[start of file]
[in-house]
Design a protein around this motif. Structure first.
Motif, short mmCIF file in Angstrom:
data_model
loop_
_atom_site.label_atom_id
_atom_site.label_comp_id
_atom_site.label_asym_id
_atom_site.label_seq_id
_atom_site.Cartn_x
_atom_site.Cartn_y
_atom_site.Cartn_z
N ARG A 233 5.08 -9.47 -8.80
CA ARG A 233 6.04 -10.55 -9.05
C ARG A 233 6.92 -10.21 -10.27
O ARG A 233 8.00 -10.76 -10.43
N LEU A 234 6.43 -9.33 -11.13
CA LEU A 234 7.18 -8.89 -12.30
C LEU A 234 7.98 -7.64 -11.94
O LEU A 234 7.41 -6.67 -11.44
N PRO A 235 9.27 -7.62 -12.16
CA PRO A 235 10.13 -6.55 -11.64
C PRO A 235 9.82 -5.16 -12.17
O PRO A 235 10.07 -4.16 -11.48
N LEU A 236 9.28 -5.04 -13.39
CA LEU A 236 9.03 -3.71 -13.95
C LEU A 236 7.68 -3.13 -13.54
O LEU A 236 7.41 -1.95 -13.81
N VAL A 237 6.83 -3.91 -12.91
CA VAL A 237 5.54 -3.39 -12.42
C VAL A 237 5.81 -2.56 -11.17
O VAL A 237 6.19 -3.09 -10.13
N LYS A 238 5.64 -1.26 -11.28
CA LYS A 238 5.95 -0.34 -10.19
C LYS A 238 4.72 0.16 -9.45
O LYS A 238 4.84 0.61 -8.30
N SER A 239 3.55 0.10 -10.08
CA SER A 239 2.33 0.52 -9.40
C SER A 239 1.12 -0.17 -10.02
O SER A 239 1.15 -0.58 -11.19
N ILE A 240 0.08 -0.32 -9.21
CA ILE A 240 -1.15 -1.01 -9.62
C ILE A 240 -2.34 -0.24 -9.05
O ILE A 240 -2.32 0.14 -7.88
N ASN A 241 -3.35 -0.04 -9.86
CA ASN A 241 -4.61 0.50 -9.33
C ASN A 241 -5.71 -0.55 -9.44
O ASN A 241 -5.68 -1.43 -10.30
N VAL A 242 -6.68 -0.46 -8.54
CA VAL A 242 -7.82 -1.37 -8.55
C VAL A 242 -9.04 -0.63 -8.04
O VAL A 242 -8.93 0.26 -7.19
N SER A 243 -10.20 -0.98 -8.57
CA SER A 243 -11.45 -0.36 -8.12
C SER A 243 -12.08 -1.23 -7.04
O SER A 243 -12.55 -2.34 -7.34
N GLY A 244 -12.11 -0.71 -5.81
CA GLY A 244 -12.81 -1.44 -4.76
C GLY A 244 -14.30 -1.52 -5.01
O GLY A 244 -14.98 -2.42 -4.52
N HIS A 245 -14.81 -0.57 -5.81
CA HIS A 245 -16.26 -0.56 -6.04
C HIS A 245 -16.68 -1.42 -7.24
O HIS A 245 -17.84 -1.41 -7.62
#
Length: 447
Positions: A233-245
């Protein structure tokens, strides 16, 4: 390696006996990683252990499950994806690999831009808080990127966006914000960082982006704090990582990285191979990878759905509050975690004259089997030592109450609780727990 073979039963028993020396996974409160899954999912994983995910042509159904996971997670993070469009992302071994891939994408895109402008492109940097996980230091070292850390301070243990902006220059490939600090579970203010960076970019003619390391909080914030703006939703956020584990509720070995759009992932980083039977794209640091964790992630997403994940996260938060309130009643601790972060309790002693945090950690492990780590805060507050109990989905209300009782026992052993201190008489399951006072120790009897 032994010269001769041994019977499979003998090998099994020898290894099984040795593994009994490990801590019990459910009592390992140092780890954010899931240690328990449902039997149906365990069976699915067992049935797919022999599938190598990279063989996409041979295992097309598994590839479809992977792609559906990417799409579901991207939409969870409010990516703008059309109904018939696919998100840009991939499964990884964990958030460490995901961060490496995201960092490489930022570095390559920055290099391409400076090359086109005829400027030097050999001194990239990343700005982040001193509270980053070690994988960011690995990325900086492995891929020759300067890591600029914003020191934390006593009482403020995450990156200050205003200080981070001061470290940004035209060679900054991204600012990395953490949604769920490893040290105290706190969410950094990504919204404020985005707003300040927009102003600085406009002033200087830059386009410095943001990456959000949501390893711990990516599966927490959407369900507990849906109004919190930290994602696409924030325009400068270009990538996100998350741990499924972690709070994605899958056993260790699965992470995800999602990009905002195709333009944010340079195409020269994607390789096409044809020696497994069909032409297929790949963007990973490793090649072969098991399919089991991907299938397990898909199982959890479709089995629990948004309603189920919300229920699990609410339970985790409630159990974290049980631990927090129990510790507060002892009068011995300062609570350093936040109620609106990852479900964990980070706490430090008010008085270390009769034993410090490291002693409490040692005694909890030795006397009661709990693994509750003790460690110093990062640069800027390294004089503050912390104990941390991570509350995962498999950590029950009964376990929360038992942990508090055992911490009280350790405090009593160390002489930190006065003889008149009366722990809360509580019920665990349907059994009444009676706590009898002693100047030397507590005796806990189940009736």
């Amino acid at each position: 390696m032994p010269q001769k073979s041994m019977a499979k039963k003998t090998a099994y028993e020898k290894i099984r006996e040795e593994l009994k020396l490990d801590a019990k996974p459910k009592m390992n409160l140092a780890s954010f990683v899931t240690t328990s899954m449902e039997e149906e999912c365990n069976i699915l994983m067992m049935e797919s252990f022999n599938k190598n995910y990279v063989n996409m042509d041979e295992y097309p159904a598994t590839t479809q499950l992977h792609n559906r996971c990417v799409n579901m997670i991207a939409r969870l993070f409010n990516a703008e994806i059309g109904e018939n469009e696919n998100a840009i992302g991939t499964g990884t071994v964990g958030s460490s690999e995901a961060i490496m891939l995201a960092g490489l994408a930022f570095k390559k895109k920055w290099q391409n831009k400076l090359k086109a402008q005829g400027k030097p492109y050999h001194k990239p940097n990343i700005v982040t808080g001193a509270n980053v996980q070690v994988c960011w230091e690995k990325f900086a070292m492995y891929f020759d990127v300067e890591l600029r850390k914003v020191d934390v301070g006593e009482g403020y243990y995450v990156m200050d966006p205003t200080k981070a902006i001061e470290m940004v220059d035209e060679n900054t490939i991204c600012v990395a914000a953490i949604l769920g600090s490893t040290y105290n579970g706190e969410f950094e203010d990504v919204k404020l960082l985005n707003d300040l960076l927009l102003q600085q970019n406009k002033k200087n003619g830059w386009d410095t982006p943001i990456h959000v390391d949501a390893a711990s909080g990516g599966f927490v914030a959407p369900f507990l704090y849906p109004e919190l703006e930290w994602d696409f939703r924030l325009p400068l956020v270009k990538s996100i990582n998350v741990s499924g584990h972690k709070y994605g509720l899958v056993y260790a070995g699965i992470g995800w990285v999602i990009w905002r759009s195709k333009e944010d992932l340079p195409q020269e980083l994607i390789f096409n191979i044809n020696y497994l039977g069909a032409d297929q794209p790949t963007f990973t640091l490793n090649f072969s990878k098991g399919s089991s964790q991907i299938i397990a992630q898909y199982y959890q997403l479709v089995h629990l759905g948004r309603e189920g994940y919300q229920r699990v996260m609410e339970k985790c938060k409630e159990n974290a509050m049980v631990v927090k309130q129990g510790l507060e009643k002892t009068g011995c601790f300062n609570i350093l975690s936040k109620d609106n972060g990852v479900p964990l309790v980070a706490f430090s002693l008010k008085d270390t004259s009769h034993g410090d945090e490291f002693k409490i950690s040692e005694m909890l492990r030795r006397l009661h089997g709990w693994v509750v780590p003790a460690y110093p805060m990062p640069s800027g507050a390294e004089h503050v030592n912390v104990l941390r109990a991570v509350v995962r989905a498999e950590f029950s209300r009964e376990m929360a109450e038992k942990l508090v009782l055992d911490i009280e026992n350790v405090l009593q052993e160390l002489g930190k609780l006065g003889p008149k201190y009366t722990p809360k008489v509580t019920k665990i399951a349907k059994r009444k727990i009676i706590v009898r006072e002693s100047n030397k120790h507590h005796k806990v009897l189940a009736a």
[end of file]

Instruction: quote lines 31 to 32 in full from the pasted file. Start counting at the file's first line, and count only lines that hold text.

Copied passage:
C VAL A 237 5.81 -2.56 -11.17
O VAL A 237 6.19 -3.09 -10.13